Country responses to migration

The government of Sudan has exerted many efforts to stop medical migration. The introduction of a compulsory 1-year national service for physicians after completion of their internship was used as a safeguard strategy against immediate migration after graduation, by making completion of the national service a pre-condition for physicians to obtain their university qualification [21]. This was coupled with a policy restricting physicians’ overseas travel without written approval from their employer [22].

Efforts to retain physicians through provision of monetary and non-monetary incentives were attempted in Sudan, including provision of generous salaries, leading positions, housing, transport, and free university education for their offspring. However, these efforts were limited to highly specialized physicians in the formal sector and, due to the scarcity of resources, it could neither be generalized to all physicians nor sustained in the longer term [3].

Considering the financial difficulties of developing countries and the tempting offers abroad, health professional migration from developing countries is not likely to stop in the near future [23]. Developing countries, therefore, are advised to focus their efforts on managing migration rather than attempting to stop it [8, 23].

Migration of health professionals has long been studied from the perspective of loss (brain drain), focusing on the negative implications on healthcare systems of the source countries. Recently, some evidence from transnational migration theories has considered a wide range of possible contributions of immigrants to the development of their home countries, including MDOs [24].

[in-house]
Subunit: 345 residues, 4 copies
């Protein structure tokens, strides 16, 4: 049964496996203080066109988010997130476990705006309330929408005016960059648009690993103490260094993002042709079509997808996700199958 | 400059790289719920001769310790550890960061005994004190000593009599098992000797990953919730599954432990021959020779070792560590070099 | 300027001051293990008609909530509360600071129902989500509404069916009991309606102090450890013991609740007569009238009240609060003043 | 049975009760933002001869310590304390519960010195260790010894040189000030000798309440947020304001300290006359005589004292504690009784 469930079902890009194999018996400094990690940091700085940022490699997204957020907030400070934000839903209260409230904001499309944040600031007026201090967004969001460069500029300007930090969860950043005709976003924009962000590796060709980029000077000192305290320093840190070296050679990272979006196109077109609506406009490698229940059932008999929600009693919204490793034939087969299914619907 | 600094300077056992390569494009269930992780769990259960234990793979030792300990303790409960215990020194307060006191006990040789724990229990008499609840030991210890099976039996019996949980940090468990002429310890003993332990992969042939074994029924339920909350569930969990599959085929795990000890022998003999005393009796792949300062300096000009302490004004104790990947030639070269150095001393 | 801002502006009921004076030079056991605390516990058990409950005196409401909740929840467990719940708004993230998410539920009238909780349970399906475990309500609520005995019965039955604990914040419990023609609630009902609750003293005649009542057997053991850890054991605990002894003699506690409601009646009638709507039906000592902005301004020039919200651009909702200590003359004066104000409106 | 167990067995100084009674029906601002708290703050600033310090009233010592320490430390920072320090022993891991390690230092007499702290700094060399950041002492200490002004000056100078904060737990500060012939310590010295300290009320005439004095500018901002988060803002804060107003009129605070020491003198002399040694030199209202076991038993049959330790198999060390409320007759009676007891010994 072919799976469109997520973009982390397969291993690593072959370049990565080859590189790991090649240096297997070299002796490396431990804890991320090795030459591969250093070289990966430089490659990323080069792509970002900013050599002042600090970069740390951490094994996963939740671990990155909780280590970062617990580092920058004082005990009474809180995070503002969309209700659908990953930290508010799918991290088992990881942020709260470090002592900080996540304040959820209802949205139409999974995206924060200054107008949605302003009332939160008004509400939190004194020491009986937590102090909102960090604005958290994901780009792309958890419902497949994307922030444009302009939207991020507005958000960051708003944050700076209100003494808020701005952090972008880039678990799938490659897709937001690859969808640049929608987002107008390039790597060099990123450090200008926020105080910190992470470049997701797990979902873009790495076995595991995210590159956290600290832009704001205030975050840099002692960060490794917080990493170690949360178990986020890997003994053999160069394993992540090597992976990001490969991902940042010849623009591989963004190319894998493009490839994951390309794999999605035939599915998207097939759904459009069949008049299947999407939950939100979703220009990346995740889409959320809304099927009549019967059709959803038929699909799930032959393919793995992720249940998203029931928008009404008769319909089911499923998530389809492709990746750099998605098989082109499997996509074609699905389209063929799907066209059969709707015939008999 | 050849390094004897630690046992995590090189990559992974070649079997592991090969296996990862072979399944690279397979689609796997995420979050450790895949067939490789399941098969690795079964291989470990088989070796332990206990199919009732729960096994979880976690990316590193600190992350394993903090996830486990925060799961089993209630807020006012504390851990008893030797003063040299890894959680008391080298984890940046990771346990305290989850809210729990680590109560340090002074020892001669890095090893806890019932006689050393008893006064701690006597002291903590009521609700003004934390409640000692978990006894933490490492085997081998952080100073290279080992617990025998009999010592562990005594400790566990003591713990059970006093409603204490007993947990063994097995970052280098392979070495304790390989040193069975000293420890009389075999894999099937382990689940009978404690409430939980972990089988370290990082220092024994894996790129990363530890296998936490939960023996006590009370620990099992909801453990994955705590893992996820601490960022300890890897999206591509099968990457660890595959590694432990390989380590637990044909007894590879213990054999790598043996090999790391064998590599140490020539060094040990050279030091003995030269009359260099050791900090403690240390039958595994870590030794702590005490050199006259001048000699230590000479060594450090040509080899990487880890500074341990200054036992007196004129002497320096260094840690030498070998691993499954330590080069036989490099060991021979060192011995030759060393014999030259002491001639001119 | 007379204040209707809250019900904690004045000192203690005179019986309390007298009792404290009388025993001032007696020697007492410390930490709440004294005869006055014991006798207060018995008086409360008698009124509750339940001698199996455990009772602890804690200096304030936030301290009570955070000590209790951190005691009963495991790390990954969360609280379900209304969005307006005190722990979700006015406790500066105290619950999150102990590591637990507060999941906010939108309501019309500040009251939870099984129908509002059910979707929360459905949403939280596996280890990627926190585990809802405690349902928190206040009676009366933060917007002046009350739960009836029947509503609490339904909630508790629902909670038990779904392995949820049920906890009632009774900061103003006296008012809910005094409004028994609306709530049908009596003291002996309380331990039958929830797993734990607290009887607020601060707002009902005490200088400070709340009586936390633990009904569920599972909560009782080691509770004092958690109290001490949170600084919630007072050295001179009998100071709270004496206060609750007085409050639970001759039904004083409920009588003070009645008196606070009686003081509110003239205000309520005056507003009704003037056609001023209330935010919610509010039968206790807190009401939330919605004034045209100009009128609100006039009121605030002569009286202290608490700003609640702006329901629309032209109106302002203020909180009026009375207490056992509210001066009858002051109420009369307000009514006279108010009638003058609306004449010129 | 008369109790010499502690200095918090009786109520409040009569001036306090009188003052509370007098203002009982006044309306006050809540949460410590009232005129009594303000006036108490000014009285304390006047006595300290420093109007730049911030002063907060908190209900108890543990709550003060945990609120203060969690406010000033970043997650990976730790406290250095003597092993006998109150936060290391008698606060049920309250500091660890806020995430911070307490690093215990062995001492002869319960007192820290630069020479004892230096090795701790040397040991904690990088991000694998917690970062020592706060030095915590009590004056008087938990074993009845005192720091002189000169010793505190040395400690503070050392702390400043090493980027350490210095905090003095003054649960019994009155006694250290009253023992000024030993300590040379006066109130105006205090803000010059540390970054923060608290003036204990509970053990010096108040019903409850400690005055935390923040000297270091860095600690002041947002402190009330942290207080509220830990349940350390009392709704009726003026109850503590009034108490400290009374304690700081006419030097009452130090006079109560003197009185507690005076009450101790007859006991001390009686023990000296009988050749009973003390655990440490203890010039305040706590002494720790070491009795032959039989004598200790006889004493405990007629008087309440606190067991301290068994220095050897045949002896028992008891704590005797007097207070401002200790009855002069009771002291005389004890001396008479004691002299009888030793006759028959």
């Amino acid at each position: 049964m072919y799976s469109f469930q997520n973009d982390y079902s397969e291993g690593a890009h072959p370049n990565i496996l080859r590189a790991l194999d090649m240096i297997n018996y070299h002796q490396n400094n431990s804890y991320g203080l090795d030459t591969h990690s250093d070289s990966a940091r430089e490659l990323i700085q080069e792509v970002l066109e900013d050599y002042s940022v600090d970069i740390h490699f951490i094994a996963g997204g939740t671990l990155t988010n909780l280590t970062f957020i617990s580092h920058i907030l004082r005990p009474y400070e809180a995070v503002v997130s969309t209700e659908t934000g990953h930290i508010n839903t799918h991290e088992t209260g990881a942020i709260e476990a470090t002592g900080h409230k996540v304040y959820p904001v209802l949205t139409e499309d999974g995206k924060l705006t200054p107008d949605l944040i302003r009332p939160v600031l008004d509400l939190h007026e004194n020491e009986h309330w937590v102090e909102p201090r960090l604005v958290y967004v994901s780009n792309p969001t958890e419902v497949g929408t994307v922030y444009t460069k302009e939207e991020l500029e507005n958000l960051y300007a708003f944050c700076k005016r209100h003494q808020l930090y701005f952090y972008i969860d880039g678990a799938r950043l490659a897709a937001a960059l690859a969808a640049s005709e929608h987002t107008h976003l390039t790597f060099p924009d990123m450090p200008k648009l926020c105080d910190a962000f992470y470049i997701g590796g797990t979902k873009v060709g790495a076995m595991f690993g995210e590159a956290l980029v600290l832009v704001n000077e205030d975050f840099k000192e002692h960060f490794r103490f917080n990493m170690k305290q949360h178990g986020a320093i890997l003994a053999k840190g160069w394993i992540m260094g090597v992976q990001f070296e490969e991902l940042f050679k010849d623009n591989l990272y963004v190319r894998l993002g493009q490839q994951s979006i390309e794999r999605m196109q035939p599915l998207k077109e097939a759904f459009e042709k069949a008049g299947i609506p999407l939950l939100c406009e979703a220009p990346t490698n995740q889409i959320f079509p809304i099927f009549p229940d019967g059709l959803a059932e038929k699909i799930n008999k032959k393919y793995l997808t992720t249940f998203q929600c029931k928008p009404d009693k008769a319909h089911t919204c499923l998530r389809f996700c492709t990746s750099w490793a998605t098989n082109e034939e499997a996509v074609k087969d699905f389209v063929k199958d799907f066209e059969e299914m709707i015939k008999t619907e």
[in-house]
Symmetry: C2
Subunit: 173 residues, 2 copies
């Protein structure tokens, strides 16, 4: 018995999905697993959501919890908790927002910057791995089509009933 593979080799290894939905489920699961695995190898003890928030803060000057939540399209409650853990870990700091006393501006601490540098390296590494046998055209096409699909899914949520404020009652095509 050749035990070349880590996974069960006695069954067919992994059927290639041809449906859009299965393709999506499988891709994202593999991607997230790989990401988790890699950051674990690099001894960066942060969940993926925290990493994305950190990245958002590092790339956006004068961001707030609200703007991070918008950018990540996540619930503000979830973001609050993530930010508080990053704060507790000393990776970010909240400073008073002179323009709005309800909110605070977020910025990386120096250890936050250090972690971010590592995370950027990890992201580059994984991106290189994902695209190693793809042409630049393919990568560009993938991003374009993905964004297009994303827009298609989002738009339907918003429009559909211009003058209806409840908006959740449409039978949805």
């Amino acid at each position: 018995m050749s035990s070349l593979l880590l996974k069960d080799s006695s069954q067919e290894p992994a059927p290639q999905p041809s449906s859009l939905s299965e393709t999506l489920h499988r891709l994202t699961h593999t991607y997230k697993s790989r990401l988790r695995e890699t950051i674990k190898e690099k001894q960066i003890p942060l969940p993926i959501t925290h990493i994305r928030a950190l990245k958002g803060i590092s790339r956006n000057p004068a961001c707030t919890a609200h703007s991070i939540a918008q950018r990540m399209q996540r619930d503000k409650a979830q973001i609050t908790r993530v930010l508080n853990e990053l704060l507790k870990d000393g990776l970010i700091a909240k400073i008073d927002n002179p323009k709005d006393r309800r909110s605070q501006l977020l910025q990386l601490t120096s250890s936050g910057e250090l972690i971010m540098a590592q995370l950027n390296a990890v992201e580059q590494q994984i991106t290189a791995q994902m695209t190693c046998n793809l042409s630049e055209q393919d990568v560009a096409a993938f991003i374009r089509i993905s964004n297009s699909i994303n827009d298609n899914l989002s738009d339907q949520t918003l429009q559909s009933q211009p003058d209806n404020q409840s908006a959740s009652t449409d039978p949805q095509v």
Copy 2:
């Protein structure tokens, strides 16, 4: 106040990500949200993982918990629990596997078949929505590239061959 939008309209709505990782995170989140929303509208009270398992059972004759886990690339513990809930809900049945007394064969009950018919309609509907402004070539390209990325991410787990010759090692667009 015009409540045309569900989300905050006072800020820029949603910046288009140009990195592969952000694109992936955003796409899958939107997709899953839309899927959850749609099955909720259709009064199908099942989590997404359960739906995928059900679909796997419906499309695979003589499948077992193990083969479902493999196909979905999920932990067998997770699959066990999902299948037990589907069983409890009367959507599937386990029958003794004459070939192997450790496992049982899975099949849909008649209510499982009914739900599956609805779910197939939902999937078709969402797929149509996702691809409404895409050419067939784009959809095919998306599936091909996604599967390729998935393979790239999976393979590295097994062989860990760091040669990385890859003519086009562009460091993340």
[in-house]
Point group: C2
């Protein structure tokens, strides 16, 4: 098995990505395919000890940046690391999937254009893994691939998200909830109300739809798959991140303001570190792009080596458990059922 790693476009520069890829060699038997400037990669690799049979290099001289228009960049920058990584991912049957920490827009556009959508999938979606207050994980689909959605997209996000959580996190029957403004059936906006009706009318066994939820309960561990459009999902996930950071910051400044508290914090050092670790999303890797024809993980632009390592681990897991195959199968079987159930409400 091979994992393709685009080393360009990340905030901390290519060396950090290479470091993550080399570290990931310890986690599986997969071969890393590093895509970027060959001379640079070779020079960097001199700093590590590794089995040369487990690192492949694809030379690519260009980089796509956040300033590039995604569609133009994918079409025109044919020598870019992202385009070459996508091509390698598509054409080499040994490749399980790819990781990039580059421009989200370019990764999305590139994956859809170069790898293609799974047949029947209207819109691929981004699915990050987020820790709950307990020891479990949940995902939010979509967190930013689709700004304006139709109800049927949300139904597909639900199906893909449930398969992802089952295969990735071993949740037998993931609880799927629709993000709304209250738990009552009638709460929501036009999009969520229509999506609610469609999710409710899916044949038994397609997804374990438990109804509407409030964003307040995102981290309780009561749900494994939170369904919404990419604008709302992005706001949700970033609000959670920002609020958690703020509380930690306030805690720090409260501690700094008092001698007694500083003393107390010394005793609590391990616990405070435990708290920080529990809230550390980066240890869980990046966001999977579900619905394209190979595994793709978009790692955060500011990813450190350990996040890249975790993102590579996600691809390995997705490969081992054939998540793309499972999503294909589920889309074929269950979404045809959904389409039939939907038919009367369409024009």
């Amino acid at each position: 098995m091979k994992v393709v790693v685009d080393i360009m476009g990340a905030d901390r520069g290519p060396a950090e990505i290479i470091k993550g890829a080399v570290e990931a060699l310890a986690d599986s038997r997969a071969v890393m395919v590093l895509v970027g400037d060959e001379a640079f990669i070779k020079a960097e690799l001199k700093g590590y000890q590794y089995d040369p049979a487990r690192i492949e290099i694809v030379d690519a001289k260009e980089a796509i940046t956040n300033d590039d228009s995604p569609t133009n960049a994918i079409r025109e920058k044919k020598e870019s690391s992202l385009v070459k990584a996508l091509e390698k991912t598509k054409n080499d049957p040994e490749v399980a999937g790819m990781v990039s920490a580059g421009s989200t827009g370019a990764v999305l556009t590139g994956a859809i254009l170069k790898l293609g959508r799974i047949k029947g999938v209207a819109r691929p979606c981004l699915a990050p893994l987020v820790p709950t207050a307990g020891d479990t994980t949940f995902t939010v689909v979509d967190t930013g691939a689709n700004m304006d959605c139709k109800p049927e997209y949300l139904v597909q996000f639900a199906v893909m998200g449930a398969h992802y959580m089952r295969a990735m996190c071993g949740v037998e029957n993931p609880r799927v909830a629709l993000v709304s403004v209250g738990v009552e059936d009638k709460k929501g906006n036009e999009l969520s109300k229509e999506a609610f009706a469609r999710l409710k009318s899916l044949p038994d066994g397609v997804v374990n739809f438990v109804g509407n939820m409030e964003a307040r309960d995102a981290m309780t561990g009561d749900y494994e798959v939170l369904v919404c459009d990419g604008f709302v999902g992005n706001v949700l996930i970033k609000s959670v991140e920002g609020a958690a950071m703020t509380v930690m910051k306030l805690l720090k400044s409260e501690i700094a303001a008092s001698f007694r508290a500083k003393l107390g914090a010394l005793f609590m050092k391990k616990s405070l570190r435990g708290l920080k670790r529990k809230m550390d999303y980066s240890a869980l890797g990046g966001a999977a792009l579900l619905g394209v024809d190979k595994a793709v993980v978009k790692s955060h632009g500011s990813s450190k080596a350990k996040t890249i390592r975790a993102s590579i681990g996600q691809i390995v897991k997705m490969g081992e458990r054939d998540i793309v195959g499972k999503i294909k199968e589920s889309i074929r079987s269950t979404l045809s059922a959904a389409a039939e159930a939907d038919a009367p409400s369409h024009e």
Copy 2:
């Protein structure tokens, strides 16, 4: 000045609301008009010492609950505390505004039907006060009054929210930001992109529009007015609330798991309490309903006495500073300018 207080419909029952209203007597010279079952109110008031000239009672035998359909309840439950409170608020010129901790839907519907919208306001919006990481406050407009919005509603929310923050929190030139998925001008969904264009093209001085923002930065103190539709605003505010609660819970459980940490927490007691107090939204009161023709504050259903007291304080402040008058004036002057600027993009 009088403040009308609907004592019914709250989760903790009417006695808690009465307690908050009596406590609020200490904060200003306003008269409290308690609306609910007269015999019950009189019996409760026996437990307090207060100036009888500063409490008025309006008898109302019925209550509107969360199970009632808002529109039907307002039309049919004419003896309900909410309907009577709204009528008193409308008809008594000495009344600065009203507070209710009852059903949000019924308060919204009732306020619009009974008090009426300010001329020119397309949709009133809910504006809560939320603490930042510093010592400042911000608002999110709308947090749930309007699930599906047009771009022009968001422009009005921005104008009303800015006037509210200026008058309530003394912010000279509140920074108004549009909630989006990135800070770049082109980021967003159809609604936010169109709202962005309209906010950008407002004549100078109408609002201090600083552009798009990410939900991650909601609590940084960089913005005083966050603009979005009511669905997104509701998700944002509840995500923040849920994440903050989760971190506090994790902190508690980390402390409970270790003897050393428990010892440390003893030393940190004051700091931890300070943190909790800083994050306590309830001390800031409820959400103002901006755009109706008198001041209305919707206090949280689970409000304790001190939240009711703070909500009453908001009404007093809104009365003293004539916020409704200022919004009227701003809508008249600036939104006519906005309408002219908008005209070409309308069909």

Medical Diaspora Options (MDOs)

Sudanese medical diasporas are well connected and linked through web-based society groups and have organized many initiatives to contribute to the HCDS in Sudan [3]. Many successful initiatives by visiting Sudanese consultants have been documented [13], as well as programs and voluntary contributions funded by international organizations such as the United Nations Development Programme (TOKTEN Project) [25] and expatriate professional associations such as the Sudan HIV/AIDS Working Group (SHAWG), a voluntary network of Sudanese expatriate healthcare professionals with special interest in HIV/AIDS which has contributed to the improvement of the quality of care provided to HIV/AIDS patients in Sudan [6].